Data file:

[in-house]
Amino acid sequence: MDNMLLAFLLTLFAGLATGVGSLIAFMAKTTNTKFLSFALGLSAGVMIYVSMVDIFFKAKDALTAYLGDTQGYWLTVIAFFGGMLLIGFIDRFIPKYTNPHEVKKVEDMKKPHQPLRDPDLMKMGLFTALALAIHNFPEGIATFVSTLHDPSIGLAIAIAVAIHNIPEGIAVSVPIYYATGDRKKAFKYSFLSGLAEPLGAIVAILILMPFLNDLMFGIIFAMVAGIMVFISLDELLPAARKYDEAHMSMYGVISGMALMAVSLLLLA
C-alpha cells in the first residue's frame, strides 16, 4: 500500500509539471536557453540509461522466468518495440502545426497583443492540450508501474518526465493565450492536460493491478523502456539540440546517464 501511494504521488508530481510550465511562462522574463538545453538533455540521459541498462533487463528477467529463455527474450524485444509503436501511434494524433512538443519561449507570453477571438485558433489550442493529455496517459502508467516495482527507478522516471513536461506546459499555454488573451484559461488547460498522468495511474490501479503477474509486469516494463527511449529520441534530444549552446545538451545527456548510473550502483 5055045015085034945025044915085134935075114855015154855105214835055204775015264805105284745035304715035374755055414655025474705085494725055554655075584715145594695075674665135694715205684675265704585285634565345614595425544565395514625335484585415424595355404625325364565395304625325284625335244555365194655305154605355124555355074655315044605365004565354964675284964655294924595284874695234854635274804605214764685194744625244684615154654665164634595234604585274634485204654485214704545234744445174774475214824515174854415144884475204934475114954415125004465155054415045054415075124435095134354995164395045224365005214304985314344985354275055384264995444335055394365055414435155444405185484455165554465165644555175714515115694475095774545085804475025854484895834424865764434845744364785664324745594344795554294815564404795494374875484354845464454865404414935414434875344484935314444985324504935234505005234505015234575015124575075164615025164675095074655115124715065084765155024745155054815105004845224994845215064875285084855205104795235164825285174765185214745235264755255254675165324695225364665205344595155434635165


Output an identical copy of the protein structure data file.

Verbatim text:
[in-house]
Amino acid sequence: MDNMLLAFLLTLFAGLATGVGSLIAFMAKTTNTKFLSFALGLSAGVMIYVSMVDIFFKAKDALTAYLGDTQGYWLTVIAFFGGMLLIGFIDRFIPKYTNPHEVKKVEDMKKPHQPLRDPDLMKMGLFTALALAIHNFPEGIATFVSTLHDPSIGLAIAIAVAIHNIPEGIAVSVPIYYATGDRKKAFKYSFLSGLAEPLGAIVAILILMPFLNDLMFGIIFAMVAGIMVFISLDELLPAARKYDEAHMSMYGVISGMALMAVSLLLLA
C-alpha cells in the first residue's frame, strides 16, 4: 500500500509539471536557453540509461522466468518495440502545426497583443492540450508501474518526465493565450492536460493491478523502456539540440546517464 501511494504521488508530481510550465511562462522574463538545453538533455540521459541498462533487463528477467529463455527474450524485444509503436501511434494524433512538443519561449507570453477571438485558433489550442493529455496517459502508467516495482527507478522516471513536461506546459499555454488573451484559461488547460498522468495511474490501479503477474509486469516494463527511449529520441534530444549552446545538451545527456548510473550502483 5055045015085034945025044915085134935075114855015154855105214835055204775015264805105284745035304715035374755055414655025474705085494725055554655075584715145594695075674665135694715205684675265704585285634565345614595425544565395514625335484585415424595355404625325364565395304625325284625335244555365194655305154605355124555355074655315044605365004565354964675284964655294924595284874695234854635274804605214764685194744625244684615154654665164634595234604585274634485204654485214704545234744445174774475214824515174854415144884475204934475114954415125004465155054415045054415075124435095134354995164395045224365005214304985314344985354275055384264995444335055394365055414435155444405185484455165554465165644555175714515115694475095774545085804475025854484895834424865764434845744364785664324745594344795554294815564404795494374875484354845464454865404414935414434875344484935314444985324504935234505005234505015234575015124575075164615025164675095074655115124715065084765155024745155054815105004845224994845215064875285084855205104795235164825285174765185214745235264755255254675165324695225364665205344595155434635165